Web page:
Geraint Williams

Geraint Williams

Colleges, School and Institutes

Research interests

RESEARCH THEMES

 

Ocular Surface Immune Regulation in Health and Disease,

Improved Measurement of Clinical Disease Activity and Damage

 

RESEARCH ACTIVITY

 

Ocular Surface Immune Regulation in Health and Disease

 

Geraint has explored the use of rapid, non-invasive ocular surface impression cytology (OSIC) combined with multi-colour flow cytometry to characterise conjunctival leukocytes. This has provided an insight in to immune regulation in health, ageing and ocular surface diseases (OSD). In healthy individuals, CD8αβ+ effector memory, cytotoxic, mucosal-homing T cells, capable of recognising herpetic viruses are the dominant population in the normal conjunctiva. This population is unaltered with age but other populations such as CD4+ T cells, capable of producing IFN-g do increase, indicating a potential role in healthy ageing.

 

During his PhD, Geraint studied a blinding condition called Ocular Mucous Membrane Pemphigoid (OcMMP), an autoimmune immunobullous disease resulting in conjunctival inflammation and corneal scarring. A major challenge in OcMMP is the observation that scarring may take place without typical signs of inflammation, namely conjunctivitis. By using OSIC in a cohort of patients with OcMMP, an elevation in inflammatory neutrophils were observed and this was associated with progression of scarring, even in the clinically non-inflamed eye. It is hoped that this can be translated in to more effective therapeutic intervention by exploring neutrophils as a biomarker of sub-clinical inflammation and their role in the scarring process.

 

Following his PhD, Geraint is working on determining a better understanding of immune regulation of the ocular surface infections including T cell recognition and regulation of Herpes Simplex Keratitis (HSK). HSK is an important disease as the Herpes Simplex Viruses (HSV) are responsible for ocular disease including recurrent HSK or inflammation of the cornea. This results in blinding complications including diminished corneal sensation, corneal scarring, the formation of abnormal corneal blood vessels and secondary bacterial infection. He is aiming to determine the frequency of peripheral T cells that recognise HSV immunodominant epitopes and whether they differ in those with and without HSK, in the hope of targeting therapy more effectively.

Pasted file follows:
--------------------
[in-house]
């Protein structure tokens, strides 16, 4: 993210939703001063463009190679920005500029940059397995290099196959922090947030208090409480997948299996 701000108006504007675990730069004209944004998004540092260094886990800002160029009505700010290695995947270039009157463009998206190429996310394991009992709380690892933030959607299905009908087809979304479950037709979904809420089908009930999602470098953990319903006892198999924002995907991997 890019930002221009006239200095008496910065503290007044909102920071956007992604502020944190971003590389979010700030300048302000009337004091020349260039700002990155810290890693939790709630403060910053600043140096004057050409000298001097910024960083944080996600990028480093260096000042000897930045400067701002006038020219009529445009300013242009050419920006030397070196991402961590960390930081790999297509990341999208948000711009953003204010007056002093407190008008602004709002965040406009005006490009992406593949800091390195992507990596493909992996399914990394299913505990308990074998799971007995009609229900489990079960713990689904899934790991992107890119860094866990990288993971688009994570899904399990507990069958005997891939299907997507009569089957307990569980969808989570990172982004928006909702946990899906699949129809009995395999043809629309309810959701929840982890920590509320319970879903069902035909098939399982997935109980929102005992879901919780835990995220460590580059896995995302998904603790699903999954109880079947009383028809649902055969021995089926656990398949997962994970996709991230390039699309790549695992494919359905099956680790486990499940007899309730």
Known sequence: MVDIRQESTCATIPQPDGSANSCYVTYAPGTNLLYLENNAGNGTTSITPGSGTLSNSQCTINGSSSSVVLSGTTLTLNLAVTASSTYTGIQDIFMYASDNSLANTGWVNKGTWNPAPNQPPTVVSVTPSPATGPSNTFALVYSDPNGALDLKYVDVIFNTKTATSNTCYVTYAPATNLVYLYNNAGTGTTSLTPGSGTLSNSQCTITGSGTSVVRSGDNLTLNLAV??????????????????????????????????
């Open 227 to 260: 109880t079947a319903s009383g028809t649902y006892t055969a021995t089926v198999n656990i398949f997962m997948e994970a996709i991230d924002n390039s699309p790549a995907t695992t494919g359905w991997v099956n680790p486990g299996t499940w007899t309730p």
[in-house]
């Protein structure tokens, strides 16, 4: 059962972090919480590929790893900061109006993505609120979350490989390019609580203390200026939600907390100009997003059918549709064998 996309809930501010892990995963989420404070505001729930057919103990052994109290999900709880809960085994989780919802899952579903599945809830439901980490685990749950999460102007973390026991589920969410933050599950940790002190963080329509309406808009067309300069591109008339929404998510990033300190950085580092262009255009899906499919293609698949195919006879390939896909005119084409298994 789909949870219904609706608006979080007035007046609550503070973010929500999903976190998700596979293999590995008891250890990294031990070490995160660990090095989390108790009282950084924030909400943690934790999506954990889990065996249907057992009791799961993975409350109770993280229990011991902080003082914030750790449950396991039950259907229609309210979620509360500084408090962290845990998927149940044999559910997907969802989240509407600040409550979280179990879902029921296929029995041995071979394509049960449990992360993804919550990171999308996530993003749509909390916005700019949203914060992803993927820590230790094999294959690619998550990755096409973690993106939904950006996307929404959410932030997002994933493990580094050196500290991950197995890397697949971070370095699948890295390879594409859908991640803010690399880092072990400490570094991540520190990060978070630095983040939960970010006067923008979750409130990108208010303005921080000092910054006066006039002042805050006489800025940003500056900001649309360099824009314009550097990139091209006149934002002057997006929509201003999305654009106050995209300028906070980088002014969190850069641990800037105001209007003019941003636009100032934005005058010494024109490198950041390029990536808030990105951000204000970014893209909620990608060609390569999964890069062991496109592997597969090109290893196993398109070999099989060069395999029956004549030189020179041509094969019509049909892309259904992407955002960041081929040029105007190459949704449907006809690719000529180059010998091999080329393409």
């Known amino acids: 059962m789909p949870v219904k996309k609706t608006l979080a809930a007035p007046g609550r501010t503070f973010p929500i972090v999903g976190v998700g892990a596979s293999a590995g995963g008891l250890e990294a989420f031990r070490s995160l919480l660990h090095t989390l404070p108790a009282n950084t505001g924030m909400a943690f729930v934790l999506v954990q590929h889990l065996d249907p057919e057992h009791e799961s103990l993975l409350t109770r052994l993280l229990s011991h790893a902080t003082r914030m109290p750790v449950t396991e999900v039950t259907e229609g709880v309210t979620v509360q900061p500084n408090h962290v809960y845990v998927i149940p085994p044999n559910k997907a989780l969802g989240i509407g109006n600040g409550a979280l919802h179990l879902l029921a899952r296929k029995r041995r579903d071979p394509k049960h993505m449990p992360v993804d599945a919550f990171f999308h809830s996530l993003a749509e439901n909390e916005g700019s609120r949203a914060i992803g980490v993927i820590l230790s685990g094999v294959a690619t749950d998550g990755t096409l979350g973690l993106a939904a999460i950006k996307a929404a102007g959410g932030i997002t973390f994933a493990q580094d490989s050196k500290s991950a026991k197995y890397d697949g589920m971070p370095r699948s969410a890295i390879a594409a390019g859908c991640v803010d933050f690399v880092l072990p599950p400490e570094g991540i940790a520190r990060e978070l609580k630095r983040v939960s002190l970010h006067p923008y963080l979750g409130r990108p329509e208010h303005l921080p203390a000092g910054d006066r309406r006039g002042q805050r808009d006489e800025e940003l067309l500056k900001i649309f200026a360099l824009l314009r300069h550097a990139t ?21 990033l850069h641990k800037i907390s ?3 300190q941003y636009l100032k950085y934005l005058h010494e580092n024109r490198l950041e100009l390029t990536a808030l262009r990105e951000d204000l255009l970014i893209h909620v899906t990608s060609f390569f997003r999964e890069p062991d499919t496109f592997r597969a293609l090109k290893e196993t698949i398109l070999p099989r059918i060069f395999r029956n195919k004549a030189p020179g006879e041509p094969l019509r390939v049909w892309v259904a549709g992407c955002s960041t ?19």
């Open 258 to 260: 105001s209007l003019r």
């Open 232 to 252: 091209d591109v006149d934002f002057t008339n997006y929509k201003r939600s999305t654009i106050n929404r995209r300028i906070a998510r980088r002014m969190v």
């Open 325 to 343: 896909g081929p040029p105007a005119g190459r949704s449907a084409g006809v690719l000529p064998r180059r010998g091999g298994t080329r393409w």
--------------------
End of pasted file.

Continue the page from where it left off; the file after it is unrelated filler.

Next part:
Improved Measurement of Clinical Disease Activity and Damage

 

Along side his laboratory work in to the immune regulation of the ocular surface, Geraint has an active interest in improving the clinical phenotyping of human ocular disease. He has previously developed and validated a tool to measure the scarring process in cicatrising conjunctivitis such as OcMMP. This tool has been employed to undertake an anthropological study in to the normal anatomy of the conjunctival fornices in Caucasians.

 

Geraint has helped establish a steering committee of ocular surface experts from around the UK in order to define activity and damage indices in disease. The aim is to undertake a Delphi process among UK anterior segment and corneal specialists to determine clinical parameters of OSD clinical scoring systems by establishing clear distinctions between activity and damage indices, and validating rankings of disease scales in order to standardise clinical scoring systems for use in clinical trials. This builds on the work undertaken during his PhD, where he validated a Clinical Record Form (CRF) for measuring clinical scoring of cicatrising conjunctivitis.

 

Furthermore, Geraint is working to improve detection and classification of ocular surface infections such as HSK. He is currently evaluating the role of OSIC coupled with PCR analysis of Herpes Simplex Virus in those with clinical evidence of disease. This is being coupled with in vivo confocal microscopy to determine corneal changes including nerve plexus density in HSK as an adjunct to improving monitoring of disease activity.

Willingness to take PhD students

Yes

PhD projects

Geraint Williams specialises in cornea and external disease. His sub-specialist interest is in ocular surface immunity and infection. He was awarded a Wellcome Trust Clinical Research Fellowship in 2008 and completed his PhD in Immune Regulation of Acquired Ocular Immunobullous Disease in 2012.

Geraint is enthusiastic about imparting knowledge of ocular surface disease, reflected in his commitment to publishing in the field of ophthalmology, communicating with scientific audiences at regional, national and international meetings and talking with lay audiences such as at the British Science Festival, Moorfields Eye Hospital and for the University of Birmingham.

Mr Williams is interested in co-supervising doctoral research in the areas of human ocular surface immunity and infection.